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Portland Traffic Deaths Rise
“Vision Zero” plan may not be working

In 2016 the City of Portland created the Zero Vision Traffic Plan to reduce traffic fatalities. At the time, Commissioner Steven Novick said “Other cities across the nation have implemented their own Vision Zero Act Plans and have seen a reduction in traffic deaths.” New York was the earliest adoption and experienced a 22% reduction in three years. Portland’s goal was to eliminate deaths and serious injuries for all who share Portland streets by 2025.

The project started with a survey asking 895 people their top three road safety tips. Eighty-five percent supported using automated cameras to ticket people who run red lights, and 71 percent supported automated cameras to ticket people who speed.

For a few years it improved hitting a low of 34 in 2018. Then it creeped up to 50, then 59 setting a new record in 2020. Now, five years into the project, they are on the verge of setting a record for the most traffic deaths ever. On Thanksgiving eve, deaths reach 61 passing the record of 2020.

Portland has spent more than $120 million on the Zero Vision Traffic Plan that hasn’t changed even the most dangerous streets identified in the Plan. Six speed safety cameras were installed on the most dangerous streets and added street lighting at high crash crossings.

A D V E R T I S E M E N T

A D V E R T I S E M E N T

They installed city trucks with side guards that are risks to pedestrians. Speed limits were reduced citywide and enforced with speed cameras. With the lowering of speed limits, in July they added how to resolve a citation in five languages on the Vision Zero website.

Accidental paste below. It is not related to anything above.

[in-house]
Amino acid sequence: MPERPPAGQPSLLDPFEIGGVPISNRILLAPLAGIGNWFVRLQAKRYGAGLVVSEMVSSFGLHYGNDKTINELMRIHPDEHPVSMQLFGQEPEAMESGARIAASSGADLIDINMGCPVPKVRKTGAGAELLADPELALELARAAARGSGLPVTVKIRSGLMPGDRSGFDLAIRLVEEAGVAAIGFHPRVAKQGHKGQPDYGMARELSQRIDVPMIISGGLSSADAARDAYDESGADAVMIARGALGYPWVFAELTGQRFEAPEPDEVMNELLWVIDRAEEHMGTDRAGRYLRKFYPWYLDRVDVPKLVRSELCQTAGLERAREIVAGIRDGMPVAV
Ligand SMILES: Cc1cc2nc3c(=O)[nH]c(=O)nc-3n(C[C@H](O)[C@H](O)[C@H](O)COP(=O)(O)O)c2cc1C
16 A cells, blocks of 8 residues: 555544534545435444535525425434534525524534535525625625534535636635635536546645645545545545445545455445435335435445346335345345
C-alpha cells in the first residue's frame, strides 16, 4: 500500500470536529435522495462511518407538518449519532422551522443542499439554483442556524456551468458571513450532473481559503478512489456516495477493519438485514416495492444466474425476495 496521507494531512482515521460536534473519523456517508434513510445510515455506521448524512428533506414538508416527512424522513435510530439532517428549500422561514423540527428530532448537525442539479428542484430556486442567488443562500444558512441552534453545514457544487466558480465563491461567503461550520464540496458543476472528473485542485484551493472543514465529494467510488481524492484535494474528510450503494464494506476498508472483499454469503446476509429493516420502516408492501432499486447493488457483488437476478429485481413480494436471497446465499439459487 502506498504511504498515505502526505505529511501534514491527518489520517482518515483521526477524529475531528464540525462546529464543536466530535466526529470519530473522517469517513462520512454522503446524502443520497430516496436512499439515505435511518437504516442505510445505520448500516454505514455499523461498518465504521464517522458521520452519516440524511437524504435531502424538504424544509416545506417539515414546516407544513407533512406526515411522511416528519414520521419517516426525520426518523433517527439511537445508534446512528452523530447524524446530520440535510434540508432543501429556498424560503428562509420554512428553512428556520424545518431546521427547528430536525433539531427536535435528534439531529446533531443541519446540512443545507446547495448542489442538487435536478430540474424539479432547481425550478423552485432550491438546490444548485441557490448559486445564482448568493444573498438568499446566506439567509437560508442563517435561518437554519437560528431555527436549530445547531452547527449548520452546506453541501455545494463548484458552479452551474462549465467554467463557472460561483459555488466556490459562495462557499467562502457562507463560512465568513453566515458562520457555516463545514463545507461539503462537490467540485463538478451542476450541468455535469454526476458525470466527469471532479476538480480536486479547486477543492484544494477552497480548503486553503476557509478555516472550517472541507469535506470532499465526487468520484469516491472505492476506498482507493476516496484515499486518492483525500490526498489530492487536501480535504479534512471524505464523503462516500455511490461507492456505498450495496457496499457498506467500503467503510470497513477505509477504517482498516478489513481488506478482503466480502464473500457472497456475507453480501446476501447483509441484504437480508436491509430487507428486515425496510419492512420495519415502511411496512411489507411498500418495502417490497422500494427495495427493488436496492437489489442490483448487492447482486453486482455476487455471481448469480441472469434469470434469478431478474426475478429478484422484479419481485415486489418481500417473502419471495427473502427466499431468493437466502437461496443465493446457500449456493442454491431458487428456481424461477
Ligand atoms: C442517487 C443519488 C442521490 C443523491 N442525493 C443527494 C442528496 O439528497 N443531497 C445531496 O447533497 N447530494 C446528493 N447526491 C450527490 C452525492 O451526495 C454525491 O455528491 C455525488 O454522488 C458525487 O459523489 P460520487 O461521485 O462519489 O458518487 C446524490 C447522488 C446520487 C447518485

An education campaign called ‘Struck’ launched a Vision Zero dashboard with an interactive map and videos. To ensure safe driving is on the mind of Portlanders, free Vision Zero pins, stickers, brochures and fliers are available.

The Vision Zero Task Force was dissolved on January 25, 2021, that oversaw the implementation. Does that mean the project is on auto-pilot? In June, Portland Bureau of Transportation announced $80 million towards a $185 million plan to transform 82nd Avenue, one of many high-risk areas. What of the other high-risk areas?

According to the Portland Traffic Fatality Tracker, only two of the 61 accidents this year took place on 82nd Avenue compared to six on Marine Drive or four on Powell.

It’s clear that five years has not produced any progress to eliminate fatalities. Another challenge lurks when ODOT implements tolling moving more traffic onto now busy streets where pedestrians and bikers travel.


--Donna Bleiler

Post Date: 2021-11-29 15:27:16Last Update: 2021-11-29 16:00:29



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